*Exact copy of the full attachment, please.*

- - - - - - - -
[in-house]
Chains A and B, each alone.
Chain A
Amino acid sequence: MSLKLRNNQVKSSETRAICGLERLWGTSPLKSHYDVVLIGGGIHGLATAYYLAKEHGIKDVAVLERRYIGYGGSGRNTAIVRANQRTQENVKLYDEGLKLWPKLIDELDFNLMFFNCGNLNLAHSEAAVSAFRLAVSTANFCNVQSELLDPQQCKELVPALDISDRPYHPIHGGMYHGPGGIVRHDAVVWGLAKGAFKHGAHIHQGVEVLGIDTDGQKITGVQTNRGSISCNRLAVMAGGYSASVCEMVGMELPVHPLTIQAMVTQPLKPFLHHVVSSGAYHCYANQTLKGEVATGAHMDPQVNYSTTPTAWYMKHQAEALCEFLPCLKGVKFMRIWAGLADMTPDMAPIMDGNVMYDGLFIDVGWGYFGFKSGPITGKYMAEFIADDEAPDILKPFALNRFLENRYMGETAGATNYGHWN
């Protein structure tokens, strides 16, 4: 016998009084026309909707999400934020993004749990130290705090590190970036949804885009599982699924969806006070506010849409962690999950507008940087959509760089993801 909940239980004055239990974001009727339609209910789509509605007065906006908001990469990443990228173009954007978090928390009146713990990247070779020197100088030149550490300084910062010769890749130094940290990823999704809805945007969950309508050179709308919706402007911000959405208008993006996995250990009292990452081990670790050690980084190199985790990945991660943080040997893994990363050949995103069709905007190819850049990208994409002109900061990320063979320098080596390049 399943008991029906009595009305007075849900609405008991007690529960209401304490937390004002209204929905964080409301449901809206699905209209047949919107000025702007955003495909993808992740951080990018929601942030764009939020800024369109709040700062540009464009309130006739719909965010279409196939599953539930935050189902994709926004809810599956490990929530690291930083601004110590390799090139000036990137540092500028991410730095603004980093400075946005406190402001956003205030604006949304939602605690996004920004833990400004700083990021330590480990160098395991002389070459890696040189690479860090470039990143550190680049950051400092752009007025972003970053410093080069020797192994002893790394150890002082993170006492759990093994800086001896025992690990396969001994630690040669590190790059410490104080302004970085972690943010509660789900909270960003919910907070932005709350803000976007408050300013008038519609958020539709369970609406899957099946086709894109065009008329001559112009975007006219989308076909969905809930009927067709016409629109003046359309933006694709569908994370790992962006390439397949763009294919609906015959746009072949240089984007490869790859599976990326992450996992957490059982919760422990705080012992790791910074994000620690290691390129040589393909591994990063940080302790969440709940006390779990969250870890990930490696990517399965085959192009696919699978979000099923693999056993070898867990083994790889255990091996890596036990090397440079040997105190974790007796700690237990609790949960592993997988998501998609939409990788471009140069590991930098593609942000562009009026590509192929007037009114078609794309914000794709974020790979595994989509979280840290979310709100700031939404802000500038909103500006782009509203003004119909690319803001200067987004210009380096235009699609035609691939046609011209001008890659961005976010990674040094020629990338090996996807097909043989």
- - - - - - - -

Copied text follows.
[in-house]
Chains A and B, each alone.
Chain A
Amino acid sequence: MSLKLRNNQVKSSETRAICGLERLWGTSPLKSHYDVVLIGGGIHGLATAYYLAKEHGIKDVAVLERRYIGYGGSGRNTAIVRANQRTQENVKLYDEGLKLWPKLIDELDFNLMFFNCGNLNLAHSEAAVSAFRLAVSTANFCNVQSELLDPQQCKELVPALDISDRPYHPIHGGMYHGPGGIVRHDAVVWGLAKGAFKHGAHIHQGVEVLGIDTDGQKITGVQTNRGSISCNRLAVMAGGYSASVCEMVGMELPVHPLTIQAMVTQPLKPFLHHVVSSGAYHCYANQTLKGEVATGAHMDPQVNYSTTPTAWYMKHQAEALCEFLPCLKGVKFMRIWAGLADMTPDMAPIMDGNVMYDGLFIDVGWGYFGFKSGPITGKYMAEFIADDEAPDILKPFALNRFLENRYMGETAGATNYGHWN
């Protein structure tokens, strides 16, 4: 016998009084026309909707999400934020993004749990130290705090590190970036949804885009599982699924969806006070506010849409962690999950507008940087959509760089993801 909940239980004055239990974001009727339609209910789509509605007065906006908001990469990443990228173009954007978090928390009146713990990247070779020197100088030149550490300084910062010769890749130094940290990823999704809805945007969950309508050179709308919706402007911000959405208008993006996995250990009292990452081990670790050690980084190199985790990945991660943080040997893994990363050949995103069709905007190819850049990208994409002109900061990320063979320098080596390049 399943008991029906009595009305007075849900609405008991007690529960209401304490937390004002209204929905964080409301449901809206699905209209047949919107000025702007955003495909993808992740951080990018929601942030764009939020800024369109709040700062540009464009309130006739719909965010279409196939599953539930935050189902994709926004809810599956490990929530690291930083601004110590390799090139000036990137540092500028991410730095603004980093400075946005406190402001956003205030604006949304939602605690996004920004833990400004700083990021330590480990160098395991002389070459890696040189690479860090470039990143550190680049950051400092752009007025972003970053410093080069020797192994002893790394150890002082993170006492759990093994800086001896025992690990396969001994630690040669590190790059410490104080302004970085972690943010509660789900909270960003919910907070932005709350803000976007408050300013008038519609958020539709369970609406899957099946086709894109065009008329001559112009975007006219989308076909969905809930009927067709016409629109003046359309933006694709569908994370790992962006390439397949763009294919609906015959746009072949240089984007490869790859599976990326992450996992957490059982919760422990705080012992790791910074994000620690290691390129040589393909591994990063940080302790969440709940006390779990969250870890990930490696990517399965085959192009696919699978979000099923693999056993070898867990083994790889255990091996890596036990090397440079040997105190974790007796700690237990609790949960592993997988998501998609939409990788471009140069590991930098593609942000562009009026590509192929007037009114078609794309914000794709974020790979595994989509979280840290979310709100700031939404802000500038909103500006782009509203003004119909690319803001200067987004210009380096235009699609035609691939046609011209001008890659961005976010990674040094020629990338090996996807097909043989």